Sabirabad is an agricultural centre sitting at the junction of the great Araz and Kura rivers. Apart from predictable statues of Sabir (The city was renamed in honor of the poet Mirza Alekper Sabir) the town has absolutely nothing to show for millennia of history as Galagayin, as Petropavlovka and especially as Javad (Djevat), settlements here have long been so strategic as to assure their thorough destruction by invaders.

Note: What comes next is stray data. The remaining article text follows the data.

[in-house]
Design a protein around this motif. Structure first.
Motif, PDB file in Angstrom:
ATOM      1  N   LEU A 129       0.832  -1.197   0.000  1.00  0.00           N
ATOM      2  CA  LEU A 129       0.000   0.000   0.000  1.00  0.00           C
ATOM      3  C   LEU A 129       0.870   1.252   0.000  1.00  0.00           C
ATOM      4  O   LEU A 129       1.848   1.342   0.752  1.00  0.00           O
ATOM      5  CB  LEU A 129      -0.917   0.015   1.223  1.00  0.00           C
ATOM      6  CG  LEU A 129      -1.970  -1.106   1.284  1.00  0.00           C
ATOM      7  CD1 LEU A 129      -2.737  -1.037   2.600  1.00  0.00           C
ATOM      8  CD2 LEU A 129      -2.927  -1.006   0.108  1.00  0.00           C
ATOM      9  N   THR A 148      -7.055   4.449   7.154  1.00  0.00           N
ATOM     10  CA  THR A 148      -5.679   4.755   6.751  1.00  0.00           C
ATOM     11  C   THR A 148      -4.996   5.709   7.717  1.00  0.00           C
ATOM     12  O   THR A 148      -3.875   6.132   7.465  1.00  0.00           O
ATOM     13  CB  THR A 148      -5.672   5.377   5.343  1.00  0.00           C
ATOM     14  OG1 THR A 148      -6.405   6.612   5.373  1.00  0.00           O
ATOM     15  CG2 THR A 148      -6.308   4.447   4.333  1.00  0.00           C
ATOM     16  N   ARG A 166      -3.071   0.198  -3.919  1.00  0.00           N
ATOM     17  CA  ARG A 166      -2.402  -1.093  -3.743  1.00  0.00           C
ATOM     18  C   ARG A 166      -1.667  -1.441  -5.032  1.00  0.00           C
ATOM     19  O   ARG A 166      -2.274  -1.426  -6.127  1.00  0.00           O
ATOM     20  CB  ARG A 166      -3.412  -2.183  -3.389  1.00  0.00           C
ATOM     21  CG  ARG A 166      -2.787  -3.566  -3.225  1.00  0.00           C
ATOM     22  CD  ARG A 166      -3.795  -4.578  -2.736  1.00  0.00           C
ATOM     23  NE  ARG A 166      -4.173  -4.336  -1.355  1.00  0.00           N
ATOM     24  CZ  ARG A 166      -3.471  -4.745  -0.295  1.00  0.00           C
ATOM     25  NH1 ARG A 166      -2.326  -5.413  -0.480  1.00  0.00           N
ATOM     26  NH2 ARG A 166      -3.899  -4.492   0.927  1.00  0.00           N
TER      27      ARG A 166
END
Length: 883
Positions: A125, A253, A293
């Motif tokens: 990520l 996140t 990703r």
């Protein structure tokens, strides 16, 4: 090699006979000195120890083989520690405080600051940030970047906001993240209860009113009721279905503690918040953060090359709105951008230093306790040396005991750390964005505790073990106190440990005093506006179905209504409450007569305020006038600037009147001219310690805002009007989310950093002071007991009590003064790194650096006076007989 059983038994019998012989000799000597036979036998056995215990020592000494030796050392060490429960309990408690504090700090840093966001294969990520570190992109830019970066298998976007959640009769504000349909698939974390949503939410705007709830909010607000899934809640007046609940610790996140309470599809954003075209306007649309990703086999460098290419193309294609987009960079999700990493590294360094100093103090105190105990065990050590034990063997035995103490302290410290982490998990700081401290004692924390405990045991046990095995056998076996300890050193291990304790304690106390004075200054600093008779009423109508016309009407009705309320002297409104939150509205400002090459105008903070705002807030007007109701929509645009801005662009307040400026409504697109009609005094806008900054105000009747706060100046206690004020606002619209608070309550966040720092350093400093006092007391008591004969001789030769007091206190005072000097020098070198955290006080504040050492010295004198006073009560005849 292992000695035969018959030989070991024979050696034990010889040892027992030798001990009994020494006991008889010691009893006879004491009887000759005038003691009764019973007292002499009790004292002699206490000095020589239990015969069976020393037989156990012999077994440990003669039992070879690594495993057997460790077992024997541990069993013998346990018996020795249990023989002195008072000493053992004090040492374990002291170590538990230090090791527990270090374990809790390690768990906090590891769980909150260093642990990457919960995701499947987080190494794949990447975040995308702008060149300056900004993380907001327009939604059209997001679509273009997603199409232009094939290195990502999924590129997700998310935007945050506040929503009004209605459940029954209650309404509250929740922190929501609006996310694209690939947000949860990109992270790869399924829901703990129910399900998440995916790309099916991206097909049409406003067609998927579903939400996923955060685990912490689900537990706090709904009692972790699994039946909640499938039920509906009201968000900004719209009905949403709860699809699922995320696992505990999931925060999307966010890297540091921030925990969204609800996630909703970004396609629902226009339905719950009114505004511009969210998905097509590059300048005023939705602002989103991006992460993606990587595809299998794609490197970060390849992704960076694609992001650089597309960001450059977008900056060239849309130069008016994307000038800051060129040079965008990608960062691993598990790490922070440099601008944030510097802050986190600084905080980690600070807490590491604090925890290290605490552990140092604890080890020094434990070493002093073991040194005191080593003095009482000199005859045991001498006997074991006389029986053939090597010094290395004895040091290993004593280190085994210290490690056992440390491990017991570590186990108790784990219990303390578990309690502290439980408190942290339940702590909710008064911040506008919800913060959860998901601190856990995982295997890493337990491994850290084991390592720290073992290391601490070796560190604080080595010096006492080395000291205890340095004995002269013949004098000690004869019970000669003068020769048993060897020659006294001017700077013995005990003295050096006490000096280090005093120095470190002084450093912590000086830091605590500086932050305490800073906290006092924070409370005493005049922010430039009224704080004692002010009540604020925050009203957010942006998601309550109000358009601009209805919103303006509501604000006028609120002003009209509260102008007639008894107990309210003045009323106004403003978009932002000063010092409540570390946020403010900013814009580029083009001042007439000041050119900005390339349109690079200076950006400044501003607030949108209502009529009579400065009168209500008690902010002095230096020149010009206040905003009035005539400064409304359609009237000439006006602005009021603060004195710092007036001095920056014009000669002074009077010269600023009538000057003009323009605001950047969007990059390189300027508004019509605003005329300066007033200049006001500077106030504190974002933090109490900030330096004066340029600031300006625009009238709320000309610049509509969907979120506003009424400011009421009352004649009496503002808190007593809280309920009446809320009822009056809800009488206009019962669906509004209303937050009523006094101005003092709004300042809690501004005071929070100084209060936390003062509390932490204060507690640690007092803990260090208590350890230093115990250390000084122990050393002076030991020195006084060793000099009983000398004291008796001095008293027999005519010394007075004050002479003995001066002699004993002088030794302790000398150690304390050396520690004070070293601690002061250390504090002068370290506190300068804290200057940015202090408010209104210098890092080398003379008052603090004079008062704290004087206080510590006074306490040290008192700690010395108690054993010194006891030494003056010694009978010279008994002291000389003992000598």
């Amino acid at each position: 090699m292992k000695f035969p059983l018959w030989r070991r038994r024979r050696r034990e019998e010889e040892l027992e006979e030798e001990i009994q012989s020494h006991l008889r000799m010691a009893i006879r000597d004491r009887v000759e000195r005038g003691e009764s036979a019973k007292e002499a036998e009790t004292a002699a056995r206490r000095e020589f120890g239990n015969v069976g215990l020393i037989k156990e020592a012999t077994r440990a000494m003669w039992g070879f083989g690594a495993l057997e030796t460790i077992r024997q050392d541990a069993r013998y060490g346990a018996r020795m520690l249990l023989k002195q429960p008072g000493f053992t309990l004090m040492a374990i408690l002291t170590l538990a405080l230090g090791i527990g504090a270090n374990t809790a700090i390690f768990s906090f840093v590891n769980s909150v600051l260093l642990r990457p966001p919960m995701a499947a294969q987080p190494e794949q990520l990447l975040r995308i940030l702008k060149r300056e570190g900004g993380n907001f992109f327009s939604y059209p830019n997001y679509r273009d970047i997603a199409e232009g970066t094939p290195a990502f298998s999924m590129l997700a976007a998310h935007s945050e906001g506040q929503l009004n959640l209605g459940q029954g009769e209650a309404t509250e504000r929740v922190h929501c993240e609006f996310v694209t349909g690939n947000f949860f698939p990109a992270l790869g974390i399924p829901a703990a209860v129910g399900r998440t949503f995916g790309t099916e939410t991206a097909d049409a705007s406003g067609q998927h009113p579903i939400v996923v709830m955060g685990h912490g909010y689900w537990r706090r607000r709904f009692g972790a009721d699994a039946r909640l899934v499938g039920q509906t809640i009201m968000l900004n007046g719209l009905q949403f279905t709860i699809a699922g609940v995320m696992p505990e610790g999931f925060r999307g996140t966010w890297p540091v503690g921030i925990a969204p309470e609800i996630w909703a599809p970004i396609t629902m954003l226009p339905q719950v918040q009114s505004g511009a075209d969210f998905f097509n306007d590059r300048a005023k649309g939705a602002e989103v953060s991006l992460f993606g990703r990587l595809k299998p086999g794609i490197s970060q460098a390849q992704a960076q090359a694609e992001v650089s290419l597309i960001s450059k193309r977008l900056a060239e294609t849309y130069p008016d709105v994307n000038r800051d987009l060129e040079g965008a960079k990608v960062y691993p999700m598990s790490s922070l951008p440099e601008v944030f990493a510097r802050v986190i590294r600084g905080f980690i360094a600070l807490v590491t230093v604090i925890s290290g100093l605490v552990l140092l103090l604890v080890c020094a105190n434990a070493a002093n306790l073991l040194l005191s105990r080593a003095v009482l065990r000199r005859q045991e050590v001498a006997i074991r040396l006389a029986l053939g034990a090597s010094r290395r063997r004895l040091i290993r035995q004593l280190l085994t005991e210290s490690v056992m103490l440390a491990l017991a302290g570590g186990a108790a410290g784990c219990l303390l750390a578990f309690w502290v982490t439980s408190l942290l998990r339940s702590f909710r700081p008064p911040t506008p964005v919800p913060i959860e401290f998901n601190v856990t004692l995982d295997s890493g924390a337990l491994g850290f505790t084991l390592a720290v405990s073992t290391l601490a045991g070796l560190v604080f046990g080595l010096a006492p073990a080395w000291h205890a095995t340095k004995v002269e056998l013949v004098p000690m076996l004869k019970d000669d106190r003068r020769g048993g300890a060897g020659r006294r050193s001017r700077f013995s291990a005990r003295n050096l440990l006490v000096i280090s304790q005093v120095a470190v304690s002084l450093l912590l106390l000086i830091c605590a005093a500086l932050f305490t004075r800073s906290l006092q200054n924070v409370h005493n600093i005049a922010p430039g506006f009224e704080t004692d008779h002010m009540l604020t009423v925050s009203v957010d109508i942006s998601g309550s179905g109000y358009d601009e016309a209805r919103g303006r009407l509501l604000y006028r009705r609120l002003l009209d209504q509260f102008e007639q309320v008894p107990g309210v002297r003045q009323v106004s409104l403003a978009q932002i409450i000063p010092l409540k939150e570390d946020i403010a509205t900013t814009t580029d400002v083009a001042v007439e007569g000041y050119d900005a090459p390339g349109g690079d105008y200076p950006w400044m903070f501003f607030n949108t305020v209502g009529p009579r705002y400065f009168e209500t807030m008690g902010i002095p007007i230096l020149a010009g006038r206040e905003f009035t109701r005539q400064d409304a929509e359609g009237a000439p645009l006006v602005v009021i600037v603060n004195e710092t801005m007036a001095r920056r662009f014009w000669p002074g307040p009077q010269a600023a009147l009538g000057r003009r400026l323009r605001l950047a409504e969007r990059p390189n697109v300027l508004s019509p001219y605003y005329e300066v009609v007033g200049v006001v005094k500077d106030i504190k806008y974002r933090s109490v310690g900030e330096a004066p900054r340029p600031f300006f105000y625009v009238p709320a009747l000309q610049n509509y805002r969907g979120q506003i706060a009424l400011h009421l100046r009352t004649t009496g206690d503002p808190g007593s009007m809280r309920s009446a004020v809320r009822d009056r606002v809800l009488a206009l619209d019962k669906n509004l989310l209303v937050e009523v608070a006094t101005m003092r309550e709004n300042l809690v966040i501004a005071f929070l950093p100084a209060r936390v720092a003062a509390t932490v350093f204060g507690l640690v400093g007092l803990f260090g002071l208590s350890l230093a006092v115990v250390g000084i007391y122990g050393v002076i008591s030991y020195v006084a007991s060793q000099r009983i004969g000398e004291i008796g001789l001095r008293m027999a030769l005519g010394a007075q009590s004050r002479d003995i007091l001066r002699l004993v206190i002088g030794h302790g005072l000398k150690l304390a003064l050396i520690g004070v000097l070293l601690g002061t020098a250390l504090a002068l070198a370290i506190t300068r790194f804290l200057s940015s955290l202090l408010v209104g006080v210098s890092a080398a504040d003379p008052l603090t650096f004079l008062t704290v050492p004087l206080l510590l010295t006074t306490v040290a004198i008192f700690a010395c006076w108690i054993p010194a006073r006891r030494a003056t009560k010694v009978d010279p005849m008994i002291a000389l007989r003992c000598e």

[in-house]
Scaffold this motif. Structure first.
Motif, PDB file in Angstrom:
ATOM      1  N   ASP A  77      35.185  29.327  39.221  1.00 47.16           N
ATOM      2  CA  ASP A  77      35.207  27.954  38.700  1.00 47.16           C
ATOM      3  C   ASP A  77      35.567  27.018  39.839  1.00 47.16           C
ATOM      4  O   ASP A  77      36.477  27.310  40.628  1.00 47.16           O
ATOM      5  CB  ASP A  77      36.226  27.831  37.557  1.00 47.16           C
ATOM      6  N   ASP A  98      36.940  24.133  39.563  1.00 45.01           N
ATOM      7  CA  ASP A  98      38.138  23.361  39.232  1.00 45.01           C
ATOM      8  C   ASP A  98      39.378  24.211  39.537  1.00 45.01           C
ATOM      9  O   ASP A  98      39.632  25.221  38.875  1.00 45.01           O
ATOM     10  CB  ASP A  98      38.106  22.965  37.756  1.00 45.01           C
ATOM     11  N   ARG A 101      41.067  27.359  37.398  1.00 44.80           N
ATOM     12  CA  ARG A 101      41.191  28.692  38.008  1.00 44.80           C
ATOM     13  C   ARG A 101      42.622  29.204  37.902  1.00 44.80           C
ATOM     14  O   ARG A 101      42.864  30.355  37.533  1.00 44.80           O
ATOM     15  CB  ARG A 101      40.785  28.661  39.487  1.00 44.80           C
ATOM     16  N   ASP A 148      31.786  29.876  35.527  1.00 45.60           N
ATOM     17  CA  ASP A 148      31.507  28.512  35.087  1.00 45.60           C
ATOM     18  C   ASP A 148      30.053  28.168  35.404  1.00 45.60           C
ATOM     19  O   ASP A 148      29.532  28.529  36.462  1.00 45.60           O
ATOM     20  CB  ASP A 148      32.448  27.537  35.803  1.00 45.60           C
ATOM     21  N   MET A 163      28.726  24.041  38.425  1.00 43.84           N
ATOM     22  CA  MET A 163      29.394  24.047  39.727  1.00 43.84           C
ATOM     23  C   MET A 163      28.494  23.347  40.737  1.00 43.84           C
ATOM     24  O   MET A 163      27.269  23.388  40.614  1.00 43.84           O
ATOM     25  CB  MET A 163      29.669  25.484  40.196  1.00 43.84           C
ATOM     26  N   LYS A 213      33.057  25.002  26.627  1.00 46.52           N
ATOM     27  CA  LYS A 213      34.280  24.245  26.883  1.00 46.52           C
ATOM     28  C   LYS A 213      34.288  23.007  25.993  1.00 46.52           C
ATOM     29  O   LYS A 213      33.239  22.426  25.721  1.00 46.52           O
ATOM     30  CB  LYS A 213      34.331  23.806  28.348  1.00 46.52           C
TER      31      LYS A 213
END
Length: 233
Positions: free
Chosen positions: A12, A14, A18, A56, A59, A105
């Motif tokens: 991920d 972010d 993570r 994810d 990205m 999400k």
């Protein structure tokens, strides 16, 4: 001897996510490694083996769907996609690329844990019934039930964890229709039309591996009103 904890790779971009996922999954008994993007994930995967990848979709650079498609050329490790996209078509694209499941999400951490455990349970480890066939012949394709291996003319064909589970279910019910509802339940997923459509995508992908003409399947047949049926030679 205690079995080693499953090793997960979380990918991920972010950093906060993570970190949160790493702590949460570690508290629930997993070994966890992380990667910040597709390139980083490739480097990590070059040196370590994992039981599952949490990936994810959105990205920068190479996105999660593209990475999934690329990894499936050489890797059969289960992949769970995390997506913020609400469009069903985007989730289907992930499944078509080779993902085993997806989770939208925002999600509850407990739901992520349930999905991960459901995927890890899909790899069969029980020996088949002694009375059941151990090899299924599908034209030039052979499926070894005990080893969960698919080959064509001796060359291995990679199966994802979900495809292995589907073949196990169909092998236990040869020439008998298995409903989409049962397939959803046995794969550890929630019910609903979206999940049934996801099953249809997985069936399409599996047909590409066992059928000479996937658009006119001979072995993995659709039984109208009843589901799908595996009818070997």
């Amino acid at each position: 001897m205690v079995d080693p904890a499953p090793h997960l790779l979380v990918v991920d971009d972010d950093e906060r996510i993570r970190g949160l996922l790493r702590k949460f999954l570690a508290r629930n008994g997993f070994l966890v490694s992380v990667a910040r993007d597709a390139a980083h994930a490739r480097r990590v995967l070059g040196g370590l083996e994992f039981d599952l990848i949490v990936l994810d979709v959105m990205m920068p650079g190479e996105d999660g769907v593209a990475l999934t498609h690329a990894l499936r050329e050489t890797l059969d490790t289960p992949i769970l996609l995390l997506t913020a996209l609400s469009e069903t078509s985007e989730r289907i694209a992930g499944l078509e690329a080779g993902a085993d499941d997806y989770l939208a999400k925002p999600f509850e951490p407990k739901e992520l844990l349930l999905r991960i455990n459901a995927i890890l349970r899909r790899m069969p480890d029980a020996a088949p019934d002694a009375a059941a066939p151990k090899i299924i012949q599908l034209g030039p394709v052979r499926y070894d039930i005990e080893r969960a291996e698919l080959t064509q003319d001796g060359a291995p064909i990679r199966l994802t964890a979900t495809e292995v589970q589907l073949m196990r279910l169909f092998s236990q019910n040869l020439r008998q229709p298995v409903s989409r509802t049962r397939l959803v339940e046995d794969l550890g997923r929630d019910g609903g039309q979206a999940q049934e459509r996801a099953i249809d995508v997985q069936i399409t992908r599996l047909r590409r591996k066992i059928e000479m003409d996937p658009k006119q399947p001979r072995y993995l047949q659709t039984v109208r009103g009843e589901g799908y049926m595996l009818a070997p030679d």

Changes in the course of the rivers have left so little for archaeologists that the Khanate of Javad is now one of the least documented entities of mediaeval Azerbaijan. Today's villages of Qalaqayin (2km west, whose castle Nadir Khan was asked in vain to spare) and Cavad (5km north) are sentimental recent namings and don't appear to represent the site of their histoncal forbears. The only attraction of visiting Cavad is crossing the low-slung pontoon bridges across quietly scenic riverbanks to reach it. Along with Ganja, Sabirabad/Cavad was one of the main centres of resistance to the communist takeover in the 1920s.